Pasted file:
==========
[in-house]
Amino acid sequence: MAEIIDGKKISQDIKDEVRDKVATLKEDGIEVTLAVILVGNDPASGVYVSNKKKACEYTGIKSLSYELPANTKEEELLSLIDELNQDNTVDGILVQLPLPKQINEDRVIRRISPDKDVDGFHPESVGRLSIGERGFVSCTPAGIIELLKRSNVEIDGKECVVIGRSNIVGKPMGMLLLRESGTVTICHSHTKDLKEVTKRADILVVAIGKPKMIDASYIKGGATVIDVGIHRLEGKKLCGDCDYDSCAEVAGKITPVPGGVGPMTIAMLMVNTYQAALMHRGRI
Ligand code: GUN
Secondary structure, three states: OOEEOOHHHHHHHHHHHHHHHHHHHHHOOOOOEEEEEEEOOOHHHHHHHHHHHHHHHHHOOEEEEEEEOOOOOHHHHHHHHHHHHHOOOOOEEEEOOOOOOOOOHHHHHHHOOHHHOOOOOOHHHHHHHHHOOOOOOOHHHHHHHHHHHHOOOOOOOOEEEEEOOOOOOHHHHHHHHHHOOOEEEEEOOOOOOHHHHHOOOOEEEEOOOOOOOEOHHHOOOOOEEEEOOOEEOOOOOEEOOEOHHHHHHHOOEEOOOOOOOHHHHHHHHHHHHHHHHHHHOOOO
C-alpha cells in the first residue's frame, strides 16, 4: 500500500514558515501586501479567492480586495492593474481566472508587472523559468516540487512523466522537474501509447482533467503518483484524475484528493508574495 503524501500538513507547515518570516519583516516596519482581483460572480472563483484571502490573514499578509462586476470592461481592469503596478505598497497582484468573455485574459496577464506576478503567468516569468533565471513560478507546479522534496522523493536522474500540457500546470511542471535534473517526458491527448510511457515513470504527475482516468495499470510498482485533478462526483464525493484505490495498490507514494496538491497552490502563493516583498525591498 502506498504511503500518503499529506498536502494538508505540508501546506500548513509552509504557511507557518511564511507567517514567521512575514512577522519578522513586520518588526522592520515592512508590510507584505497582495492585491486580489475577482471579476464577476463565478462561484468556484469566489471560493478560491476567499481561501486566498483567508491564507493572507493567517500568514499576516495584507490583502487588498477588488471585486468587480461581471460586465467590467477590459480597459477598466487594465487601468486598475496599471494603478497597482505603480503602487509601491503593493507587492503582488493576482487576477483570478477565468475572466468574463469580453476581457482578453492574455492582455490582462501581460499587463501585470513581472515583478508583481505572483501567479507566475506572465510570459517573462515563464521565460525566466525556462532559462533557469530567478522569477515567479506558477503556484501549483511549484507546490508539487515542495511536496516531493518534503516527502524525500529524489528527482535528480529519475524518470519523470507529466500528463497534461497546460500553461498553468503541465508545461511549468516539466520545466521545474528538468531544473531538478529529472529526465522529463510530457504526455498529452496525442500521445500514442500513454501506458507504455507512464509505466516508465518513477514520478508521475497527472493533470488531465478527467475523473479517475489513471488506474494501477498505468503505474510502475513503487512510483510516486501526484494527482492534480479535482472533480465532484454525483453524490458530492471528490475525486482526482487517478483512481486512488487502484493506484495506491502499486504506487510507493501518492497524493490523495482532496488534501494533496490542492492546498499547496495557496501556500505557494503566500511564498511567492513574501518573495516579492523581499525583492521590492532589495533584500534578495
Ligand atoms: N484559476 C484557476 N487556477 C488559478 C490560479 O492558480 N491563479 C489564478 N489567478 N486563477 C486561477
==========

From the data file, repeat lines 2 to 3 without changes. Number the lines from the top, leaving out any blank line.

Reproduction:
Amino acid sequence: MAEIIDGKKISQDIKDEVRDKVATLKEDGIEVTLAVILVGNDPASGVYVSNKKKACEYTGIKSLSYELPANTKEEELLSLIDELNQDNTVDGILVQLPLPKQINEDRVIRRISPDKDVDGFHPESVGRLSIGERGFVSCTPAGIIELLKRSNVEIDGKECVVIGRSNIVGKPMGMLLLRESGTVTICHSHTKDLKEVTKRADILVVAIGKPKMIDASYIKGGATVIDVGIHRLEGKKLCGDCDYDSCAEVAGKITPVPGGVGPMTIAMLMVNTYQAALMHRGRI
Ligand code: GUN